56. JohninMK says:

    They have to be returned to the US to be upgraded.

  57. JerseyJeffersonian says:

    How about some more music? Blossom Dearie & friends live on French TV in 1965:

  58. Morongobill says:

    Poland would be an unimaginable provocation. But who knows when the neocons get involved.

  59. Morongobill says:

    Great news about the memoirs, Colonel.

  60. JerseyJeffersonian says:

    17th century sacred music of Charpentier. Jordi Savall leading.

  61. RickK says:

    Which metal band are you refering to from Richmond? There are a few good ones from there.Thanks!RickK

  62. JerseyJeffersonian says:

    Great stuff! Movie sequence – G. Miller, Tex Beinecke & close harmony, amazing tap dancing…

  63. DH says:

    You’re welcome, Diana. Not so new really 🙂 I tend to find stuff ten to fifteen years post. Here’s fun one by the same band:
    And here is another one that came to mind (main lyric, “how you treat the weak is your true nature calling”:

  64. Fred says:

    “…published this document last week. ”
    That has been in circulation for more than a year.
    Abu Dhabi, Libya, Eric Prince, nuclear weapons … Oooo the scary, just in time for halloween. Or to borrow LTC Marsh’s phrase “a metaphorical critical mass”; In this case a critical mass of mumbo jumbo. Eric Prince is of course not under the influence of Abu Dhabi’s money, that couldn’t be possible. As to the document I’m sure it justifies an authoritarian state because one’s political opponents can easily be labeled IW actors who are opposed to your country. See the SPLC, the ACLU, the anti-defemation league and other practictioners of labeling “hate speech” and “symbols of oppression” currently active in support of America’s left.

  65. Fred says:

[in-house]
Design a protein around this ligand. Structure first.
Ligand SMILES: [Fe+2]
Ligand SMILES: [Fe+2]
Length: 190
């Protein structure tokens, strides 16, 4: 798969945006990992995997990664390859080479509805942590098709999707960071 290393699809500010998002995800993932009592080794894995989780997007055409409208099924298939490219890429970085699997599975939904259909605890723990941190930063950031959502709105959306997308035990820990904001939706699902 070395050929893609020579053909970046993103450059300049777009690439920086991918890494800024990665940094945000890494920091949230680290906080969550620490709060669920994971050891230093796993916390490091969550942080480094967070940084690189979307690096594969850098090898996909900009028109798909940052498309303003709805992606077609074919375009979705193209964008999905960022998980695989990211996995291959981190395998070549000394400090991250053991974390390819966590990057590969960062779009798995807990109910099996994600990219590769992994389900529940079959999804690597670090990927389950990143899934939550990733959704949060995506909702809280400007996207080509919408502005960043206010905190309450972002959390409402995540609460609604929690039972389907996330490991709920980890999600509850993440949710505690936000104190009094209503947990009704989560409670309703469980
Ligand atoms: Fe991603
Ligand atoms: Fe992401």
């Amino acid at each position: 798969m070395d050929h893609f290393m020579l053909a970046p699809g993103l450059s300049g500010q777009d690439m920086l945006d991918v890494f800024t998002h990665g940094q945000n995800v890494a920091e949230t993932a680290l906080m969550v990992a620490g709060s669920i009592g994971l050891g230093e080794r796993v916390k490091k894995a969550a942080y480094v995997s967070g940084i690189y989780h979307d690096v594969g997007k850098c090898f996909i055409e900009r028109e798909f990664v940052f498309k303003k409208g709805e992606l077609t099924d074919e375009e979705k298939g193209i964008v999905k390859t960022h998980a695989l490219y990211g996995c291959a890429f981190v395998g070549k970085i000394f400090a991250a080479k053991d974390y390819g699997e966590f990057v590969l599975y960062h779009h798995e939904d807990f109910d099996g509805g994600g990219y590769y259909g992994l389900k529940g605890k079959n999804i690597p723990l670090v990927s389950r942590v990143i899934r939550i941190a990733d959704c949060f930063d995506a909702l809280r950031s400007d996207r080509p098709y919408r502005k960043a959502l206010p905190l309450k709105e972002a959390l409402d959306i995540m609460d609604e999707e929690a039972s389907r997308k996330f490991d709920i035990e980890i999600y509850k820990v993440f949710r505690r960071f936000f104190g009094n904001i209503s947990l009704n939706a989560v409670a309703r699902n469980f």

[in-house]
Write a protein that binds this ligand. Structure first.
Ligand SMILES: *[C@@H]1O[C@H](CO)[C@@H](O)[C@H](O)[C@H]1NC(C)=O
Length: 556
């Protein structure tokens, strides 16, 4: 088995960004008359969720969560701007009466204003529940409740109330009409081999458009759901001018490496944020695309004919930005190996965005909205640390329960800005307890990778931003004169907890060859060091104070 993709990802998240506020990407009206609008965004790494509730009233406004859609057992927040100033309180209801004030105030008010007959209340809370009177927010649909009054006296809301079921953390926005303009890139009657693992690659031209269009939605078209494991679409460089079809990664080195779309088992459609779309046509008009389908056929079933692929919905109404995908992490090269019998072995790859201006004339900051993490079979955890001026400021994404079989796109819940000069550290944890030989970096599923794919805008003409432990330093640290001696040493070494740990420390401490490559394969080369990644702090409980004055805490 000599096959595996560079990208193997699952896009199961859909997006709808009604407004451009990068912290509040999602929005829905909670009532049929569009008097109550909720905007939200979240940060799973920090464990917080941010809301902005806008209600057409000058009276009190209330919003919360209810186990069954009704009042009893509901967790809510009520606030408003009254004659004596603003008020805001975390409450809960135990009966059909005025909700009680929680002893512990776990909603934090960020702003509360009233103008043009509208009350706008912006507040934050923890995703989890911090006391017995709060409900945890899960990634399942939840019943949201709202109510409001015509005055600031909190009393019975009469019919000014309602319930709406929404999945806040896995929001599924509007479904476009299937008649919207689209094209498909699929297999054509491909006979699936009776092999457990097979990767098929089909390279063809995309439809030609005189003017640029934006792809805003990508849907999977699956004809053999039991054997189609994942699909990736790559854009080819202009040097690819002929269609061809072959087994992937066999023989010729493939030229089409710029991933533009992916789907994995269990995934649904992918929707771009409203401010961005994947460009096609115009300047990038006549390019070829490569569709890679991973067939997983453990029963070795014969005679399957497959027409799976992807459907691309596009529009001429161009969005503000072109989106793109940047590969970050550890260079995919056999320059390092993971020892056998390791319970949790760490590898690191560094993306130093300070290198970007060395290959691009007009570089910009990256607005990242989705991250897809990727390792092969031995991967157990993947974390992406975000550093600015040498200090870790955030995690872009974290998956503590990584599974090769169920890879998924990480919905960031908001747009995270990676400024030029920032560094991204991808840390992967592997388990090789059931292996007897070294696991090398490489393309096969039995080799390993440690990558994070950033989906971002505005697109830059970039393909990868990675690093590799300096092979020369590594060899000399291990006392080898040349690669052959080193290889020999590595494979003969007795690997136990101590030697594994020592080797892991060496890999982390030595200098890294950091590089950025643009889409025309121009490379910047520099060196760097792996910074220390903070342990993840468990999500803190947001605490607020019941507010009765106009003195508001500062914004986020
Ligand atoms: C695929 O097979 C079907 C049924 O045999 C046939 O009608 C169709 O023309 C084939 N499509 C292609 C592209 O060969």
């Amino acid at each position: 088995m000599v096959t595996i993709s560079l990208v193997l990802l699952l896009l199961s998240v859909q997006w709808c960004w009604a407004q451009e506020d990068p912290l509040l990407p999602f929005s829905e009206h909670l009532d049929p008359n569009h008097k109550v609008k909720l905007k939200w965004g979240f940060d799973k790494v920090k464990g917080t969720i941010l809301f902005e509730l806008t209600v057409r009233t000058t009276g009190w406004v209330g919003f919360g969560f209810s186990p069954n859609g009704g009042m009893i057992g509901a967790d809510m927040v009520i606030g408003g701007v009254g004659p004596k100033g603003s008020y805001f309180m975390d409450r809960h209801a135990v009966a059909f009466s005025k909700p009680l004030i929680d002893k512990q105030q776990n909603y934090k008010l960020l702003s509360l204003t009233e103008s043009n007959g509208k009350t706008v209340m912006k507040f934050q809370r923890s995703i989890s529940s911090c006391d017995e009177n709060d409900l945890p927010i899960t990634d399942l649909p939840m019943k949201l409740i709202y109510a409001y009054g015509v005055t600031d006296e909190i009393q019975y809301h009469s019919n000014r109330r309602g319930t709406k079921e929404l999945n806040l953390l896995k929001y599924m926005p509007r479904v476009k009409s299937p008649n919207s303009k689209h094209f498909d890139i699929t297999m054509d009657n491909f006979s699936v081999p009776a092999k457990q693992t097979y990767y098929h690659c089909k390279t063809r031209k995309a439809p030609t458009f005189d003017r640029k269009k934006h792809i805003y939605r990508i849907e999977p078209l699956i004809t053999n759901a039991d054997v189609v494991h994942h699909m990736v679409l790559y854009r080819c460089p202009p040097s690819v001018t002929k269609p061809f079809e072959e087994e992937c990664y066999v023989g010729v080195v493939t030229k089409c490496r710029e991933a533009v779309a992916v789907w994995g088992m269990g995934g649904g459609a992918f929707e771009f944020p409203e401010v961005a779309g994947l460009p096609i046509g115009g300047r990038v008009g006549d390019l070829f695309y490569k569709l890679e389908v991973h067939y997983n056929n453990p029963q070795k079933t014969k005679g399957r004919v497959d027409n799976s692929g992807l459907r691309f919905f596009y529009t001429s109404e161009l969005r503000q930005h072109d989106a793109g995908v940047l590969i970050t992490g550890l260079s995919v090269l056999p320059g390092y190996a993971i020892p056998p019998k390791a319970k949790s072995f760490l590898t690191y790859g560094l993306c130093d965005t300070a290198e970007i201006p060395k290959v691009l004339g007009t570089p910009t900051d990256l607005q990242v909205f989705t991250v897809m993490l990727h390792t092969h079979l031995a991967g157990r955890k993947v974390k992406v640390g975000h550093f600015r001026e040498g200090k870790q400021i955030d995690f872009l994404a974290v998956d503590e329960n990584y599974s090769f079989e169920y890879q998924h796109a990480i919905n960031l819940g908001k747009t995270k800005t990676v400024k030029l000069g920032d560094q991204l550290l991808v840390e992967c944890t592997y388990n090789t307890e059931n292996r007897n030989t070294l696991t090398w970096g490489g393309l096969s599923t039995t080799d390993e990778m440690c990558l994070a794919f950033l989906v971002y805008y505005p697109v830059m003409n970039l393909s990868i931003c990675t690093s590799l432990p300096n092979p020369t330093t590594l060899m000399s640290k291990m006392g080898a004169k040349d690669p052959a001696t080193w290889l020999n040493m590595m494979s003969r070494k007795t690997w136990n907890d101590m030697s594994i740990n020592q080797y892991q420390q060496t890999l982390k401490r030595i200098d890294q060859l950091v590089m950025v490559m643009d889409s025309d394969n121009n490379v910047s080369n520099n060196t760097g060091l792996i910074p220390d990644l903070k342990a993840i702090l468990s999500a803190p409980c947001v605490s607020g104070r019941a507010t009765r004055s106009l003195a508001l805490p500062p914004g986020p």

Interesting though the authors left out the strategic mistake of witholding cotton from the world market in an effort to drive intervention, it drove alternative sourcing instead. The CSS Virginia should have made for the merchant ships and ignored the Monitor, however it was under powered and probably could not have made it back up river. As to procurement, the word “drone” appears nowhere in the article. I think the Houthi’s showed what open sourcing and creativity can do.
    As a side note here’s a write up on the CSS Albemarle replica in North Carolina. The original was sunk by William Cushing’s raid.

  66. artemesia says:

    I am getting old as well, but I hope I live long enough to see the day when “Hitler,” “Nazi” and the like are not used as cuss-words and means of shaming and shutting down, but in the same category as Napoleon or Caesar or even the Mongols, and the history that those cuss-words signify is told more objectively.

    “Batter my heart” was my morning prayer for many years. Reflecting back, I wish I had chosen something less punishing to the human spirit. “I am betrothed unto your enemy” — probably would have been cast out by the gurus of Self Affirmation.